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Telemed J E Health. 2017 Jul;23(7):567-576. doi: 10.1089/tmj.2016.0200. Epub 2017 Jan 9.

Sociotechnical Perspective on Implementing Clinical Video Telehealth for Veterans with Spinal Cord Injuries and Disorders.

Author information

1
1 Center of Innovation for Complex Chronic Healthcare , Edward Hines Jr. Veterans Affairs Hospital, U.S. Department of Veterans Affairs, Hines, Illinois.
2
2 Center for Healthcare Organization and Implementation Research , Edith Nourse Rogers Memorial Veterans Hospital, U.S. Department of Veterans Affairs, Bedford, Massachusetts.
3
3 Division of Health Informatics and Implementation Science, Department of Quantitative Health Sciences, University of Massachusetts Medical School , Worcester, Massachusetts.
4
4 Center for Healthcare Studies, Institute of Public Health and Medicine, Northwestern University Feinberg School of Medicine , Chicago, Illinois.
5
5 Spinal Cord Injuries and Disorders System of Care Program Office , U.S. Department of Veterans Affairs, Seattle, Washington.
6
6 Department of Rehabilitation Medicine, University of Washington , Seattle, Washington.
7
7 Louis Stokes Cleveland DVAMC , U.S. Department of Veterans Affairs, Cleveland, Ohio.
8
8 Feinberg School of Medicine, Northwestern University , Chicago, Illinois.

Abstract

BACKGROUND:

Real-time videoconferencing technology such as clinical video telehealth (CVT) offers a means to reach patient populations who face limited access to healthcare. The Veterans Health Administration has invested in CVT to improve care access for U.S. military veterans with spinal cord injuries and disorders (SCI/D); however, no studies have assessed the factors that influence implementation of this technology in clinical practice for individuals with SCI/D.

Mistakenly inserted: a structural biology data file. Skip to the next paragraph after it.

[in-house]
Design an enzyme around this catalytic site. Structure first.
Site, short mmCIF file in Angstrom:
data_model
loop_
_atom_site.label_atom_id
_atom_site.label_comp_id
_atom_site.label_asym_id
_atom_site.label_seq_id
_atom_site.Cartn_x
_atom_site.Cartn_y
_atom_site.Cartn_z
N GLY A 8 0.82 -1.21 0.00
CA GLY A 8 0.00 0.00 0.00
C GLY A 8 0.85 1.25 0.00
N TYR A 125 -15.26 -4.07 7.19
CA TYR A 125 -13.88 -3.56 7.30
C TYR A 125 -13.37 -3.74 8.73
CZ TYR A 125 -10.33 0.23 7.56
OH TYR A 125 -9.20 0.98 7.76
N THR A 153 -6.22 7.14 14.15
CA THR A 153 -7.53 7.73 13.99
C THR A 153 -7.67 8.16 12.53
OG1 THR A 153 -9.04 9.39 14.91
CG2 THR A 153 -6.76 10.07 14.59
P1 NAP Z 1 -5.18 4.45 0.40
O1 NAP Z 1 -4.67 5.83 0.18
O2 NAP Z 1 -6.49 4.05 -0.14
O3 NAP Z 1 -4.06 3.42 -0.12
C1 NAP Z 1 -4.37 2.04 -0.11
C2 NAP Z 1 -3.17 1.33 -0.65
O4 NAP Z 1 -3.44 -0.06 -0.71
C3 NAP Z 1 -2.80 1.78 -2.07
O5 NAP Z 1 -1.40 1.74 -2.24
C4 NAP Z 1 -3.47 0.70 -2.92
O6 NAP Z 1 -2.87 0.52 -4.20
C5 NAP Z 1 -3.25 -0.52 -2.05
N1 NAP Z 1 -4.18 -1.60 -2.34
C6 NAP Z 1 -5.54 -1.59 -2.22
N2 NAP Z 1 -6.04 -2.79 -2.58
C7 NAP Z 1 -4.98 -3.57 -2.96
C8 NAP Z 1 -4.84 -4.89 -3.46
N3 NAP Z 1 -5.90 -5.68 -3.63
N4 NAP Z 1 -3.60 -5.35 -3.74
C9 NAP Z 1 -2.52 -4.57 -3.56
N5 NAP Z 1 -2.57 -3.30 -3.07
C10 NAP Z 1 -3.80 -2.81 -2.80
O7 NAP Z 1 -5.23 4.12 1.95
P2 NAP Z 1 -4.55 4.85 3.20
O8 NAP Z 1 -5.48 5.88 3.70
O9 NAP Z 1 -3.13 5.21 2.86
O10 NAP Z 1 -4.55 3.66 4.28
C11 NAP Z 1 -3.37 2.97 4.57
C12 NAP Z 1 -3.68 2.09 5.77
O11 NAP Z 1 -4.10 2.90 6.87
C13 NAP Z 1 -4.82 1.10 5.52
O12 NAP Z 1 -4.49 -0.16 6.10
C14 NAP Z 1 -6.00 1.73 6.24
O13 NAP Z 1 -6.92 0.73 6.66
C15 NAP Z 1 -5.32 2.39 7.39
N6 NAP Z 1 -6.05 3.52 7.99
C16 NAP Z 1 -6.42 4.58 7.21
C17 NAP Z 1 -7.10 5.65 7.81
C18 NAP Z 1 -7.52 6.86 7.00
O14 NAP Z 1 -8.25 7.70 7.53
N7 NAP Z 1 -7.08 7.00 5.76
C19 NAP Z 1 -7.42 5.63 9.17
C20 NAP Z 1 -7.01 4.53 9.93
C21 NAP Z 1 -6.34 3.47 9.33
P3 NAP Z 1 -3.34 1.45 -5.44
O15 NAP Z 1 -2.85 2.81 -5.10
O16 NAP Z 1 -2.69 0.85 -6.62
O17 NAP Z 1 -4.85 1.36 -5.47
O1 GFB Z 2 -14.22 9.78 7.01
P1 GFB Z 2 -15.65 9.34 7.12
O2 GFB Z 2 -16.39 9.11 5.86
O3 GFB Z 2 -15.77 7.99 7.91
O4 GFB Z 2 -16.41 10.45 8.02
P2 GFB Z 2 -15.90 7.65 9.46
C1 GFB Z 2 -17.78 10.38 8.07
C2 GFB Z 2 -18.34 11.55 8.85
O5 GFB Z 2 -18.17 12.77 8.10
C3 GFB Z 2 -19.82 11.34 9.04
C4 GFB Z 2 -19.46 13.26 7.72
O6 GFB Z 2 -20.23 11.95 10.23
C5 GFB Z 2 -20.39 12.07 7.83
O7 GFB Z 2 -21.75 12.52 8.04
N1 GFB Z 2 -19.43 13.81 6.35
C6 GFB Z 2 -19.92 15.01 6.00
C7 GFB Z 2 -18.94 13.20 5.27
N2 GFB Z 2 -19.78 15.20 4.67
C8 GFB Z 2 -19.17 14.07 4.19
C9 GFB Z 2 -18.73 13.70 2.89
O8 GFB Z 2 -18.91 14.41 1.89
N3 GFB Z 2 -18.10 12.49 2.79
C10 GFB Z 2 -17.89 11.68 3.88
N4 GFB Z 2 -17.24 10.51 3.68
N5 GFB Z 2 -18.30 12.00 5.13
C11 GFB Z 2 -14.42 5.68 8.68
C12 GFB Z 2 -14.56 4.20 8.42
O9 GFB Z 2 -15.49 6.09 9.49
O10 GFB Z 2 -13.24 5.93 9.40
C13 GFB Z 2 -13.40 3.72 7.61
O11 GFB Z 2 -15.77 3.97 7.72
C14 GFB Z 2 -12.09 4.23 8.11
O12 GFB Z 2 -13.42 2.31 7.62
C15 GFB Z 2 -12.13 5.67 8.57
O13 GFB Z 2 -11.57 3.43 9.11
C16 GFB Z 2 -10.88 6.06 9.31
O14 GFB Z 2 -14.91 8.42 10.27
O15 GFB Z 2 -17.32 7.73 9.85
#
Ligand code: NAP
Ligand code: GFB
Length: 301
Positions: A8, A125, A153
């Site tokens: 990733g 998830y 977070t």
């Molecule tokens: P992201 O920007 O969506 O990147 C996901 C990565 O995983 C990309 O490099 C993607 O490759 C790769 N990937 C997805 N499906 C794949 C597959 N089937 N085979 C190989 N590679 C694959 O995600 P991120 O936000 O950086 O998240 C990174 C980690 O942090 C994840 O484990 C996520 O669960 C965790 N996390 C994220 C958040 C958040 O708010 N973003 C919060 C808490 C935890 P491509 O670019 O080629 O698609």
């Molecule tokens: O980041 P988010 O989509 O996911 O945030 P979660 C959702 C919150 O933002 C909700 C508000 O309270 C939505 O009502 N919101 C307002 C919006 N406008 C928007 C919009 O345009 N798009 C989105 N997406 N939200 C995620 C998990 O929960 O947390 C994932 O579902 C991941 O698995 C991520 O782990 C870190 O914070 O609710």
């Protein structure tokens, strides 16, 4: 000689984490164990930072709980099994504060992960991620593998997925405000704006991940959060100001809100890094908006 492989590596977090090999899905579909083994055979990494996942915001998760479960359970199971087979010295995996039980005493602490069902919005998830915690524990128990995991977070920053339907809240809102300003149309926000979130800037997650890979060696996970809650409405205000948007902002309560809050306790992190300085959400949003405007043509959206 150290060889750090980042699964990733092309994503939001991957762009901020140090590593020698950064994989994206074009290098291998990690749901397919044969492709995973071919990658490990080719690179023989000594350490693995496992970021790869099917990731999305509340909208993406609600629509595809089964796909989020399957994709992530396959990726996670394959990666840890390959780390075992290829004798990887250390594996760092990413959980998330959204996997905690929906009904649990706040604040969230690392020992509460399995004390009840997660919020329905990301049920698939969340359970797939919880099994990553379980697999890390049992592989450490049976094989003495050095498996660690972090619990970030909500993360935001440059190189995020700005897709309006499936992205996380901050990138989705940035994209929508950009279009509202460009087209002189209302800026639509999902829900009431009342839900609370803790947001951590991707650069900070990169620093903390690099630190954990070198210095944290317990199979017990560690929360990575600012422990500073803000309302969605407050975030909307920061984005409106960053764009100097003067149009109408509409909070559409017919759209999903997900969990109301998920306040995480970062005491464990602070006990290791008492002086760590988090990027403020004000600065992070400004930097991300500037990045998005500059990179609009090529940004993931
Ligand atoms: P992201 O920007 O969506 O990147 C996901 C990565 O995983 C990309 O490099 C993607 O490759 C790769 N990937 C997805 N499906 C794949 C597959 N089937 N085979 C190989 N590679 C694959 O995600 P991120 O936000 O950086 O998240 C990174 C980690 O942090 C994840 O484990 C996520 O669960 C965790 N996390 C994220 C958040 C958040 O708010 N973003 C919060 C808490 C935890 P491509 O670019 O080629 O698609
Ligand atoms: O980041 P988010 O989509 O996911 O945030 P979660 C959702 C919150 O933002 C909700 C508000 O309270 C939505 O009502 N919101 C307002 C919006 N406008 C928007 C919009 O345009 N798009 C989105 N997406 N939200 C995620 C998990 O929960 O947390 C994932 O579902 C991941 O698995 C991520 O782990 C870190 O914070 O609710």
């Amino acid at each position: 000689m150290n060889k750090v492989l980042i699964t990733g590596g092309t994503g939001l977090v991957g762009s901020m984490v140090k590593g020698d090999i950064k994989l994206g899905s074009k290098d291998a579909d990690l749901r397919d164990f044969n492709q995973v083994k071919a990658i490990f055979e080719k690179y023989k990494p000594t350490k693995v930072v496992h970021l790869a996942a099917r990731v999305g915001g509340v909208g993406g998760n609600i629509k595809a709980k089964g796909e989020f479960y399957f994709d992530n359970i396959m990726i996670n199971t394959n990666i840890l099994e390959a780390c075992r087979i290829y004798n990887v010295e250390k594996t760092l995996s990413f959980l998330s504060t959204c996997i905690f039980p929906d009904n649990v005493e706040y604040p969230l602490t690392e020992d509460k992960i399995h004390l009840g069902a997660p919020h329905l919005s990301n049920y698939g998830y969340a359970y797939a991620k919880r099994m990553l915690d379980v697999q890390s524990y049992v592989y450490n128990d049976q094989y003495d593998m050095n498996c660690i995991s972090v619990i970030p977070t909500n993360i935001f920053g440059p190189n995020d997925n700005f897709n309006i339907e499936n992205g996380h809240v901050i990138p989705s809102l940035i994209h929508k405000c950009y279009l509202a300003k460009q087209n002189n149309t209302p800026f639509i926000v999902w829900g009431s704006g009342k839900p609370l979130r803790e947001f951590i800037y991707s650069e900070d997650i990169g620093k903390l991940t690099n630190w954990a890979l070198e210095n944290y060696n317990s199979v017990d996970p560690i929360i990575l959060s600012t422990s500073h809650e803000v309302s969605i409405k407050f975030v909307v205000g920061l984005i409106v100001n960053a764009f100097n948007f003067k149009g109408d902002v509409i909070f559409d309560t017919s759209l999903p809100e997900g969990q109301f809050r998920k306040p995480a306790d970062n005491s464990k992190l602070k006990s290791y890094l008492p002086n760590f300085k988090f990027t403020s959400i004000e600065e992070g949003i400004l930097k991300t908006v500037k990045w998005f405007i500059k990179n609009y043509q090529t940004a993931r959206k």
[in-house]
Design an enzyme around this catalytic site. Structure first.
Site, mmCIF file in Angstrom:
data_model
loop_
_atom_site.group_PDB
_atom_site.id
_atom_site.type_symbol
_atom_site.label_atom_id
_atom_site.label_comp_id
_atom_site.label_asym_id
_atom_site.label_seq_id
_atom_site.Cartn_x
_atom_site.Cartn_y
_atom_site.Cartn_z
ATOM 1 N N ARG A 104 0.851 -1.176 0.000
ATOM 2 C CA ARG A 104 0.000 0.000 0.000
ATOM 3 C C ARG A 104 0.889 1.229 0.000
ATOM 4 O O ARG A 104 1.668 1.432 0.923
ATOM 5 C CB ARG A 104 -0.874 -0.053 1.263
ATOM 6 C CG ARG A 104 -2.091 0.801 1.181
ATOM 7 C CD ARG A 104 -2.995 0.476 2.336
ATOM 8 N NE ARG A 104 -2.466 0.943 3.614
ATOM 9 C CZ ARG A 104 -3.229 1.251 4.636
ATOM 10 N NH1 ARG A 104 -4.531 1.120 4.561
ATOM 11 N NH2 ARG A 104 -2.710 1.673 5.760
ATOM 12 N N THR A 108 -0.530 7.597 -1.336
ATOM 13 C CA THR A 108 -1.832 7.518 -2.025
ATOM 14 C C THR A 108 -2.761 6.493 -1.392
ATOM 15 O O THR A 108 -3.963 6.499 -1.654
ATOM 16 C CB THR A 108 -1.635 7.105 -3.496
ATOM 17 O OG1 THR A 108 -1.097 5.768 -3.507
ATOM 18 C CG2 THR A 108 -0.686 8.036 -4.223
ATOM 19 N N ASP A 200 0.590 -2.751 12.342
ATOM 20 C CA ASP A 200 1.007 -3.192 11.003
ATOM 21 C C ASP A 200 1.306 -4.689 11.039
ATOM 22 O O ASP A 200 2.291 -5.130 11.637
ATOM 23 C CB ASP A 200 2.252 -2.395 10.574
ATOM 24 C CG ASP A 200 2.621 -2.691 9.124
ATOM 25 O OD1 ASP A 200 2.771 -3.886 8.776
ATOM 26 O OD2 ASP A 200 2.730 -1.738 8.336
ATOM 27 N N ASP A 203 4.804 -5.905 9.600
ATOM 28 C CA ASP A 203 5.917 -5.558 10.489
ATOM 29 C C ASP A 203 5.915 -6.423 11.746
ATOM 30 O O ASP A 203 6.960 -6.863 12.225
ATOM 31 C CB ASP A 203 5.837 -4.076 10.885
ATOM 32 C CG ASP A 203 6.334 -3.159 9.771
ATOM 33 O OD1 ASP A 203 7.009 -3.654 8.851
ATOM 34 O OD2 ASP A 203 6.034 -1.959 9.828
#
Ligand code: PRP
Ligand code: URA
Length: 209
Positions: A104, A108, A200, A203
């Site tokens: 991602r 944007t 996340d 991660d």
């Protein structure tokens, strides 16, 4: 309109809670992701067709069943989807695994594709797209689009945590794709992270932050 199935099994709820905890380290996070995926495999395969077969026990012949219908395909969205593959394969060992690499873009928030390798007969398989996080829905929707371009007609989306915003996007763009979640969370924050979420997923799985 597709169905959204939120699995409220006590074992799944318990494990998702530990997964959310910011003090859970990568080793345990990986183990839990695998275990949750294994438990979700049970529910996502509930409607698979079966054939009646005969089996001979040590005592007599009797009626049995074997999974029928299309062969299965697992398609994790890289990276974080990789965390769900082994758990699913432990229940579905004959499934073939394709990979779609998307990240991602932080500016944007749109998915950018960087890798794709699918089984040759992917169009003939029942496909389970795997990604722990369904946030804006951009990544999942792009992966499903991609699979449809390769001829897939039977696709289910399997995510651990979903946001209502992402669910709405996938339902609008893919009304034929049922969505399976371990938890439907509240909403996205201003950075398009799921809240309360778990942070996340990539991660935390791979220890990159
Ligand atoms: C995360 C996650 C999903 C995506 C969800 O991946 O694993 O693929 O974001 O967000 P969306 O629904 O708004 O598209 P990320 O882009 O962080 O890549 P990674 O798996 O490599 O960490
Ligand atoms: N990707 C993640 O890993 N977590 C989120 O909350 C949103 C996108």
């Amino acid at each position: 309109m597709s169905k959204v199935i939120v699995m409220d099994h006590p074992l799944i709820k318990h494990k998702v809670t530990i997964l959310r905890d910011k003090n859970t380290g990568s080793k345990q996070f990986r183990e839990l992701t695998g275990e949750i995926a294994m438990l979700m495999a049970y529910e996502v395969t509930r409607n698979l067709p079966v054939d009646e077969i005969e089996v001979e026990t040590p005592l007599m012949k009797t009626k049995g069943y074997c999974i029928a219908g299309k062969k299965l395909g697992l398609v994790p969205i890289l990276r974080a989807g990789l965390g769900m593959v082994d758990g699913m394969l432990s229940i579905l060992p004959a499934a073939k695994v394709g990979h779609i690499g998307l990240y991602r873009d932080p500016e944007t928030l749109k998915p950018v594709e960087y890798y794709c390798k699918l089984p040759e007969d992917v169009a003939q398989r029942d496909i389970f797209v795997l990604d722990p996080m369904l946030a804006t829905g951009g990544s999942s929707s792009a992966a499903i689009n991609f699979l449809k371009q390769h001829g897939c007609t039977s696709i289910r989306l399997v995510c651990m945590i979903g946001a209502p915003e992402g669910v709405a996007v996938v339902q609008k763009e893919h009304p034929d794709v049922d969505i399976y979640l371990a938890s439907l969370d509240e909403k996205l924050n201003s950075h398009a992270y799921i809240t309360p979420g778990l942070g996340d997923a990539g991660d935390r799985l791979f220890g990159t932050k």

INTRODUCTION:

Guided by a sociotechnical perspective, the purpose of this study was to identify factors that influence implementation of CVT for veterans with SCI/D.

MATERIALS AND METHODS:

We conducted semistructured telephone interviews with 40 healthcare providers who use CVT to deliver services to veterans with SCI/D.

RESULTS:

Factors related to workflow and communication were widely reported as implementation barriers. Coordinating logistics for CVT appointments was challenging, and effective communication between CVT team members across facilities was considered crucial. Providers also cited factors related to technical infrastructure, people, and organizational features, including the need for appropriate equipment, space, personnel, and support for using CVT equipment.

DISCUSSION:

The implementation of CVT in the care of veterans with SCI/D was influenced by an interrelated set of social and technical factors. Key among them were social factors related to people, workflow, and communication, given that CVT supports healthcare teams interacting remotely in real time.

CONCLUSIONS:

CVT implementation requires teams working together to negotiate a complex, distributed process across multiple sites. Such complexity places a premium on teamwork and communication among healthcare teams before, during, and after a CVT encounter.

KEYWORDS:

communication; coordination; sociotechnical model; spinal cord injury; teamwork; telehealth; telemedicine; veteran

PMID:
28067586
PMCID:
PMC5802248
DOI:
10.1089/tmj.2016.0200
[Indexed for MEDLINE]
Free PMC Article

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